The Bhagavad Gita “is neither a book of religion nor a treatise on philosophy” appraised Dr. BR Ambedkar in his essay on the subject. The holy book, long-held as a primer of sorts in the vast collection of Hindu texts and scriptures, did not impress Dr. Ambedkar. He dug deep to read a range of commentary on it and wondered what the essence of its teaching was, he critiqued it as a book that upheld religious dogmas and justified the caste system. As chairperson of the drafting committee of India’s Constitution, Dr. Ambedkar strove to instill a vision for the new nation free of such dogmas and, importantly, inculcate scientific temper and the spirit of inquiry among citizens. Education was a route to these ends.
Fast forward to India of 2022, when the Gita is woven into the school curriculum; Gujarat set the ball rolling, Haryana and Karnataka followed suit, and other states are encouraged to follow. It is no longer a matter of surprise thatthese are all states governed by the Bharatiya Janata Party (BJP) whose regional leaders are unwilling to hold an opinion independent of that of the party’s central command and Prime Minister Narendra Modi. The encouragement may soon become a mandate of sorts – education is a concurrent subject – with Union Minister Prahlad Joshi’s statement that every state government should consider introducing the Gita in schools because it teaches morality and ethics.
Among the reasons to keep public school curriculum free, or relatively free, of religious teachings was the idea that India as a secular democratic republic,needed to inculcate constitutional values, scientific temper, and the spirit of inquiry. These may have been selectively nurtured, sometimes informing school education, at other times missing it by a mile but no malintent. Religious texts were taught by schools devoted to religious and spiritual education; it must be noted that all religious communitieshavehad their establishments, though the popular propaganda is that only Muslims and Christians teach their holy books to their young. Deliberately, by design, secular and scientific instruction dominated non-religious schooling. Childrencancertainly be taughtthe Gita but why in schools across the board?
In its 75th year however, the ruling establishment has thrown away the yoke of scientific temper and spirit of inquiry. There is a greater emphasis on weaving in India’s tradition and culture, euphemism for Hindu cultural practices in the current government’s framework, into school and college education. Already the Vishwa Hindu Parishad, the BJP’s ideological cousin, has demanded that the Gita be declared a national book and made compulsory across all schools. The Gita’s introduction into school curriculum in BJP-ruled states is clearly a piece of the larger plan. Should school studentsnow accept allthatis said aboutthe caste system in the holy book as the unquestioning truth or question the very basis of the unequal and inhuman system from the Constitutional framework of values such as justice, liberty and equality? How willthe generations in the near future envision Indian society and polity?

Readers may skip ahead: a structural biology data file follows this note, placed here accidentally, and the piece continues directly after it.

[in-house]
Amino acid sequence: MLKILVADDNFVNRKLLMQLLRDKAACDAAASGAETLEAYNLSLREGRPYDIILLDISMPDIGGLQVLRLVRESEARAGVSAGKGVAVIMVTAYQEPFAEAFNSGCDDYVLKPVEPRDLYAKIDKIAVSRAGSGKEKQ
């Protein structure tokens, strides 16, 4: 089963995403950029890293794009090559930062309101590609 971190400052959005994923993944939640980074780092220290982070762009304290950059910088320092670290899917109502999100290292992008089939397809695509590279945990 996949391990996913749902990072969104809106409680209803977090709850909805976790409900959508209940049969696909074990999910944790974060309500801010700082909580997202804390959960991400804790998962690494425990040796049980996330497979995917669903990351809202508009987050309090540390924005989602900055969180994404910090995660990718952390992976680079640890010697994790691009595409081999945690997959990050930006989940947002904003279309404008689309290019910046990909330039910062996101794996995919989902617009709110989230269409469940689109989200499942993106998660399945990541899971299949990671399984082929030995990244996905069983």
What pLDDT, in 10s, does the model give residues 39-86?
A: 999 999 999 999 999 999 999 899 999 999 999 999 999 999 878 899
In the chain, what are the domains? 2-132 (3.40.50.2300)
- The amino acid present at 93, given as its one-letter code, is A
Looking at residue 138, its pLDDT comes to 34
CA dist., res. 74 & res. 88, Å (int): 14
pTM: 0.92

The debate over school education, a favourite hunting ground of ideological hardliners and fascists, has centred on the New Education Policy and budgetary allocations. These are significant issues to engage with and they do lead to tangible outcomes, but to lose sight of the political-ideological gear change in education at the school level calls for a wider debate than what has been heard so far. The NEP, released in 2020 amidst the pandemic, divided people sharply – some argued that it brought in much-needed transformation in the education system, others contended that it excessively glorified ancient Indian (Hindu) culture and replaced Constitutional values with ideas of seva, sacrifice and similar attributes.
The government has pushed the pedal on its implementation disregarding calls for more debate and engagement. While the NEP may not specifically call for introducing the Gita in the school curriculum, it lays the foundation and framework in which this can be easily facilitated and made to look desirable. Criticism against the NEP has also focused onother aspects suchas its propensity to further inequalities in Indian society rather than flatten them, promote privatisation of education which can only make the existing schisms deeper in society, undermine the Rightto Education Act which was hard fought for, and more.
Against this backdrop, the self-congratulation of the Modi government that the union budget for 2022-23 allocated more than Rs one lakh crore – Rs 1,04,278 crore – for the education sector for the first time should be treated with misgiving. It is a rise of nearly 12% compared to the revised allocation for 2021-22 but well below the recommended six per cent of the GDP that was laid down decades ago.
In a nation where school students are struggling to overcome pandemic-induced setbacks to their education – high dropouts, digital divide, the growing gap between urban and rural – the allocation means little unless specifically directed to address both the endemic and pandemic-related issues in education. The applause for higher allocation cannot but be replaced by questions of intent: what good can come of more money pumped into the system if the purpose is to shape impressionable minds with dogmas and religious beliefs?